I love it when my friend Elaine calls and says, “Are you free Wednesday next at about a quarter past one, dahling?”
I love it because I know she’s planning a surprise for me.
In the past she’s taken me to Charlecote Park, Seizincote House and a beautiful medieval tithe barn, so I know an outing with her is a treat.
This year she’s taken me to see Kelmscott Manor, the country estate that William Morris rented with his friend and colleague Dante Gabriel Rossetti.
It’s unnecessary to say that the manor is just beautiful, and for an Arts and Crafts movement lover like me, the ideal place to visit.
I can see a lot of the founding roots of my Vancouver Craftsman cottage right in this house.
The decorative details are just spectacular here. This is the top part of a settle, (a tall, wooden-backed bench), and it has gilded, embossed and painted designs. The designs carry on onto the back because it wasn’t meant to necessarily stand up against a wall. What a fantastic room divider. Now I want o figure out how I can make one.
Jane Morris, William’s wife, is the muse and subject of many of the paintings and stitched designs. She was the favourite muse of Dante Gabriel Rossetti as well, so her image is everywhere.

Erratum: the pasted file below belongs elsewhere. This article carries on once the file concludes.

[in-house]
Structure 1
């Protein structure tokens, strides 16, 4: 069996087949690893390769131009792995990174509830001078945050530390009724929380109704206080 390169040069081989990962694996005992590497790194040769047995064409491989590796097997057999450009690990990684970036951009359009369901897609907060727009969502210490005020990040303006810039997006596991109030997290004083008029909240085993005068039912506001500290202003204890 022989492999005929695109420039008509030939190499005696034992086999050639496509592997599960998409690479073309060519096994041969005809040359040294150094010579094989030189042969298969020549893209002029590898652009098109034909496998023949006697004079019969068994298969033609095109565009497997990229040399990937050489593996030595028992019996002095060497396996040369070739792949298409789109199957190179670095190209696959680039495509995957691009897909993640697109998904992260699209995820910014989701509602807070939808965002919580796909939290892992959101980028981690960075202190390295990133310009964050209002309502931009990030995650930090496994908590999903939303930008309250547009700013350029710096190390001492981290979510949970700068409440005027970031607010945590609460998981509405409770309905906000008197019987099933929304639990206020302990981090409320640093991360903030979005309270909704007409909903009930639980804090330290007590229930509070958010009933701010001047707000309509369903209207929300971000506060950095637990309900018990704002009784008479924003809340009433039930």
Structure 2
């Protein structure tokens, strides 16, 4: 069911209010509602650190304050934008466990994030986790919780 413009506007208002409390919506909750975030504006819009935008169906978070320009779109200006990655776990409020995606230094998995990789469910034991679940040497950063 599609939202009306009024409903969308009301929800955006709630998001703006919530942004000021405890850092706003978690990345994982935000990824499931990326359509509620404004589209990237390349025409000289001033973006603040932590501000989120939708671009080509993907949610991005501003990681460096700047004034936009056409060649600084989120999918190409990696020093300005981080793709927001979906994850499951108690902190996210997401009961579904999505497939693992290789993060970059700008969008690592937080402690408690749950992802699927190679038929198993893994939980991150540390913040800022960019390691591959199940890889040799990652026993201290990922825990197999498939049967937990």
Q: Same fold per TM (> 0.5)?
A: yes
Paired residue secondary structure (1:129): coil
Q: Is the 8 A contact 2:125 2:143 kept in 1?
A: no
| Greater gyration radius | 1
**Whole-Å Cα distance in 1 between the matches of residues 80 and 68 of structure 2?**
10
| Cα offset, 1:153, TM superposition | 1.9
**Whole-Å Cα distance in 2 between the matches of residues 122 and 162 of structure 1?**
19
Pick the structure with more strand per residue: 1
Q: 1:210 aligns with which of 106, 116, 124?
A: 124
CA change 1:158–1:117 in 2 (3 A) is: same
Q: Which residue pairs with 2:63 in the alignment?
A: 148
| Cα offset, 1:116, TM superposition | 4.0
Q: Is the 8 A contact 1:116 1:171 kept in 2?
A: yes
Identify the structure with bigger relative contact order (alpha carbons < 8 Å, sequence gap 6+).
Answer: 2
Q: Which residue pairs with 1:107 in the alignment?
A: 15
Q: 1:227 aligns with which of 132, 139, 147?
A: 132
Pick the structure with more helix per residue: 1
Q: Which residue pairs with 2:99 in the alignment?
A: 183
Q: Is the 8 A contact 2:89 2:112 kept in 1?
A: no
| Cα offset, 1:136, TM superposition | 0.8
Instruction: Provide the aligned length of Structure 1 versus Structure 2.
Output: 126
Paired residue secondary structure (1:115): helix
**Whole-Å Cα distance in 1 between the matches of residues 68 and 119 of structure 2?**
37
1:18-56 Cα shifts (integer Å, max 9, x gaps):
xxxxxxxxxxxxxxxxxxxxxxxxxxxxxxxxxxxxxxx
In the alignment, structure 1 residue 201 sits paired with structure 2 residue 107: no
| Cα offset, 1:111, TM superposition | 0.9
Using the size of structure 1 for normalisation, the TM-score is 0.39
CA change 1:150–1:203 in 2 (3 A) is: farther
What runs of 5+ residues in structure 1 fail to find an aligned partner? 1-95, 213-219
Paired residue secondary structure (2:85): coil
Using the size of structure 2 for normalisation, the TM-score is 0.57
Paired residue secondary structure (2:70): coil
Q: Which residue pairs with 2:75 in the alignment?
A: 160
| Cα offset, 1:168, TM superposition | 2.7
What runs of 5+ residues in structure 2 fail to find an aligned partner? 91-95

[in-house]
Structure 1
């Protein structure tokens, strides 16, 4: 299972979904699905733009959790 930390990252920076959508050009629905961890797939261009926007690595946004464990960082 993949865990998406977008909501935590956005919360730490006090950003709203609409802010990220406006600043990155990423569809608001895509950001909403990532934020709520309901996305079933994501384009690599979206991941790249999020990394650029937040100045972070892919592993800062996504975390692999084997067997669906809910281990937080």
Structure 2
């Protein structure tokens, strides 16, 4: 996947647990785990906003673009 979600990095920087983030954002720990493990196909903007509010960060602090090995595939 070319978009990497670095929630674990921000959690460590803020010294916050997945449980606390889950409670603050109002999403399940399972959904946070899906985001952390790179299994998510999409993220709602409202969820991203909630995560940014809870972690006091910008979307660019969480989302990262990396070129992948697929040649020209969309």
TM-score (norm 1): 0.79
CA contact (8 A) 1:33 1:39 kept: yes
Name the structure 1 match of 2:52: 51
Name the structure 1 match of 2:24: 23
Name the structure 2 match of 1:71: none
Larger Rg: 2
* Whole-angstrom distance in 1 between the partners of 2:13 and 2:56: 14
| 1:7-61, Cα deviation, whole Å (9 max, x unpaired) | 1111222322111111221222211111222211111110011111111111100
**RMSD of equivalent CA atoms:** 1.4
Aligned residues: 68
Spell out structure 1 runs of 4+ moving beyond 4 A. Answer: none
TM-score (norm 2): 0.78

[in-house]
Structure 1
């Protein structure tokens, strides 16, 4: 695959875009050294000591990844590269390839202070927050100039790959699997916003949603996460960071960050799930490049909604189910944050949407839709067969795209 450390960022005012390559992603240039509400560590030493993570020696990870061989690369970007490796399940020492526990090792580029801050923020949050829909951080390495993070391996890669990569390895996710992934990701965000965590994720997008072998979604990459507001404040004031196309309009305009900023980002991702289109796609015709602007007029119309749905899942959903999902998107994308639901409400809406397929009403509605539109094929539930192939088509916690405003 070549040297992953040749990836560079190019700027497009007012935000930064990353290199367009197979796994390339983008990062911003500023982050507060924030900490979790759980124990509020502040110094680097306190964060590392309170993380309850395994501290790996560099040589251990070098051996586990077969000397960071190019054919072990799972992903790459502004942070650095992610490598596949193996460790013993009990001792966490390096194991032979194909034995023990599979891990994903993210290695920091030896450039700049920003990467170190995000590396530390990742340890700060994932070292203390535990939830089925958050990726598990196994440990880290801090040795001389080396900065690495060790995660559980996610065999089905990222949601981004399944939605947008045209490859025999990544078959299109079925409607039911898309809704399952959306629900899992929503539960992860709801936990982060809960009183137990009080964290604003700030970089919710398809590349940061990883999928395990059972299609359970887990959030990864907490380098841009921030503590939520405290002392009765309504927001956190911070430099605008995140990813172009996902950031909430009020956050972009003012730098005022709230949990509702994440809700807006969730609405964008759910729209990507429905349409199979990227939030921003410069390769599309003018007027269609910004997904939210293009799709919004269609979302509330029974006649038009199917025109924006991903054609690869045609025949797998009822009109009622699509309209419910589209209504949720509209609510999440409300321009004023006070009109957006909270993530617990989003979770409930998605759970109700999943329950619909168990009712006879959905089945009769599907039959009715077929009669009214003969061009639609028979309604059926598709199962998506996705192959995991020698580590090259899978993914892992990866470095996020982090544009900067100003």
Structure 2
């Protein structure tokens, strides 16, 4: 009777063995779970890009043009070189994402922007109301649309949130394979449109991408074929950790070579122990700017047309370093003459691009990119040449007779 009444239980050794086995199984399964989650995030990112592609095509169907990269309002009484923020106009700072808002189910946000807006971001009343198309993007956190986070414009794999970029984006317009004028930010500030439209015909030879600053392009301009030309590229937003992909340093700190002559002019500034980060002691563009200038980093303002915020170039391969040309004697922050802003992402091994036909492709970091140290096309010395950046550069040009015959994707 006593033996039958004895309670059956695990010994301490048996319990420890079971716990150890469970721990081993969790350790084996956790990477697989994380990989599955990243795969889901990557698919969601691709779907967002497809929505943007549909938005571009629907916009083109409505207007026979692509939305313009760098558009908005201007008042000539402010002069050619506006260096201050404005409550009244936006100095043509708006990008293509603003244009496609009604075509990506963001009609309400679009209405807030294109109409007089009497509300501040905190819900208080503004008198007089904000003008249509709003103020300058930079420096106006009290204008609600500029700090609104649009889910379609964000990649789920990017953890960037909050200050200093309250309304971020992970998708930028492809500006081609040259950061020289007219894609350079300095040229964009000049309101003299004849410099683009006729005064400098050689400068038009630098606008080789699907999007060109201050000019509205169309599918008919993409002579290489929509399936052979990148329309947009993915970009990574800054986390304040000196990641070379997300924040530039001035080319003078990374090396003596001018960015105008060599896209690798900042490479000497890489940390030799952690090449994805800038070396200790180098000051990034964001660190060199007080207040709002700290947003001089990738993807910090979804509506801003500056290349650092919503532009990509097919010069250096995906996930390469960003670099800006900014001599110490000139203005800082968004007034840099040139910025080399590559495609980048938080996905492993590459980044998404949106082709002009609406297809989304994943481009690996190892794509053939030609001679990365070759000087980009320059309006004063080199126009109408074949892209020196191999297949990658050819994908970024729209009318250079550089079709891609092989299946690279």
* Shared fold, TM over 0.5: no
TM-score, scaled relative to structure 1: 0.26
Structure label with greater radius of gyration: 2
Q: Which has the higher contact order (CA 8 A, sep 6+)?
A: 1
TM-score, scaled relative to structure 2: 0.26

And so are the traditional Morris designed textiles.
Here in the Green room there are even the two original wood carvings used for this print.
The lights and chandeliers are also bespoke…
…and designed to cast shadows on the ceilings. Here a butterfly above the staircase.
All the windows are old oak with metal handles and latches,
and all have views out into the gardens and surrounding countryside.
Here is Jane’s bedroom.
It has the Morris willow fabric around her bed, and a coverlet stitched by her daughters.
This unusual little staircase leads up to the fourth floor and a beautiful lofted attic space.
It’s an unusual staircase and such a brilliant idea. You walk up it by putting your feet on either run and you feel a bit like a duck…lol…but the best part is that it’s comfortable to walk up and down and occupies a space no bigger than a ladder. (A traditional staircase would have to come out twice as far and wouldn’t fit here)
Brilliant, isn’t it?
Here is one of the attic bedrooms.
And here is another.
This is the view from up here.
The garden is divided into large spaces. Some are formal lawns with flower borders, and some are left natural.
There are orchards and hay meadows, potagers and croquet lawns.
Here is the link to the little video I made of my visit.
Can you imagine how lovely it must have been to live and create in this beautiful home.
And, if you needed to have a break from all that creativity, you just go launch your boat on the Thames right next door. 😀
Gift shop! Look at those umbrellas!